Using graphic organizers in teaching or planning for teaching is a topic I tend to emphasize in my classes. One of the assignments that incorporates graphic organizers is for exploring the related tools and create a mind map or any type of graphical representation to be used in K-12 either by the teacher or the students. The students are asked to learn educational applications such as Inspiration, CMap, Conceptboard, Mindomo, Bubble, Popplet, LucidChart. Since the majority of K-12 schools use Google Classroom, LucidChart is a convenient tool for students and teachers to use. Lucidchart is a Google ad-on diagramming application that can be used individually or collaborating on data visualization such as flowcharts, Venn diagrams, and mind maps. 

Google Forms 

Google Forms is accessible with a Gmail account that is an easy-to-use survey tool for formative or summative purposes that also includes other features. Teachers can use Google Forms to create feedback surveys, quizzes such as multiple-choice questions, open-ended questions, dropdown, and checkboxes.  

In one course, Google Forms was used to assess the classroom instruction for evaluation purposes (Figure 2). Using Google Forms was easy which allowed collecting and analyzing individual student responses as well as a summary of whole group responses.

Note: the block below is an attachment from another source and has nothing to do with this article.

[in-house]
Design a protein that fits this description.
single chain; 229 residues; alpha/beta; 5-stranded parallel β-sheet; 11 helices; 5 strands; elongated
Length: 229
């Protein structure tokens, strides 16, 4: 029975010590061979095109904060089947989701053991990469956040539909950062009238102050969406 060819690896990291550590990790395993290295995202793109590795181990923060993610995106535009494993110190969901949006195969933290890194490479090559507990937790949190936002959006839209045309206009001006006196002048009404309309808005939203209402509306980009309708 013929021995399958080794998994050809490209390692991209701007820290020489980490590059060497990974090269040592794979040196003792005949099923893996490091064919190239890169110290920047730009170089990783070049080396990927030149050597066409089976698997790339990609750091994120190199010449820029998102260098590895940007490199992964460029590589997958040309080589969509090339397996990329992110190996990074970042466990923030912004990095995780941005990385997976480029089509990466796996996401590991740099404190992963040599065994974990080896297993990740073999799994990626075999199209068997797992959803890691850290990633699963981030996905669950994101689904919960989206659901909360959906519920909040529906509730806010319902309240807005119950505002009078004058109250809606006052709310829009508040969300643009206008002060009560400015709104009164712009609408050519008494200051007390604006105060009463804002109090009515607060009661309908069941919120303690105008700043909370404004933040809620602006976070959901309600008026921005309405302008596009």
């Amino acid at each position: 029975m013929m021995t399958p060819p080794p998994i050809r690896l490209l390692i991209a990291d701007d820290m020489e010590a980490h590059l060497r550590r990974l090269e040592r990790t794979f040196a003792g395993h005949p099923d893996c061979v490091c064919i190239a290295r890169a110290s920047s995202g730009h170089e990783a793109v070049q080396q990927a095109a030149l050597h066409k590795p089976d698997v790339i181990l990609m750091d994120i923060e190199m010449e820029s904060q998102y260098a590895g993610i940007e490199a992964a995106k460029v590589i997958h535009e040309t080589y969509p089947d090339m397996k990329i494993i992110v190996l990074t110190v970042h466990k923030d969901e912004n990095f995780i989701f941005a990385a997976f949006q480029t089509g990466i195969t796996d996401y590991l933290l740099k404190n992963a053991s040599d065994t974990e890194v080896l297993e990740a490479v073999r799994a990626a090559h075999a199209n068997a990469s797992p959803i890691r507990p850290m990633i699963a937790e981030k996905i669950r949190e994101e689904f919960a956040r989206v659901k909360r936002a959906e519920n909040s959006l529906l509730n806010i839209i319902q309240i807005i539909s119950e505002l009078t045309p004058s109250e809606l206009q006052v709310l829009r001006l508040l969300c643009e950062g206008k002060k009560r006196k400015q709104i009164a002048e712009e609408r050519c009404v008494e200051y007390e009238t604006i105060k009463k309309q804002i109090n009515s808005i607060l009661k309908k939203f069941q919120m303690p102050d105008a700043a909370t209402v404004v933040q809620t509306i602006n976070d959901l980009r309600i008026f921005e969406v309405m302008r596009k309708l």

Figure 2 
Google Forms example used for course evaluation. 

YoTeach! 

YoTeach! is a multi-faceted tool that includes chat discussion features, an online whiteboard, and uploading images. The teachers can create a room, set a pin, and provide the room address to their students. I used YoTeach! to assess the professional development session I have provided to a group of preservice teachers during the early stages of the Covid-19 pandemic. At the end of the meeting, for my YoTeach assessment (Figure 3), I asked: “What’s one tool or strategy you’d like to implement in your teaching?”. In another professional development session, the participants are asked “What’s one thing you can take away from this meeting?” For formative assessment purposes and improving teaching and learning activities, a “Minute Paper” format with two questions can also be used. Student responses can be debriefed at the end of the session, or at the beginning of the following session or they can be used for the instructor to prepare for the next session. These minute paper format assessment questions can be: 

  • What’s one thing you learned in this session you can use in your teaching?
  • What’s one (muddy) question you have remaining?
Figure 3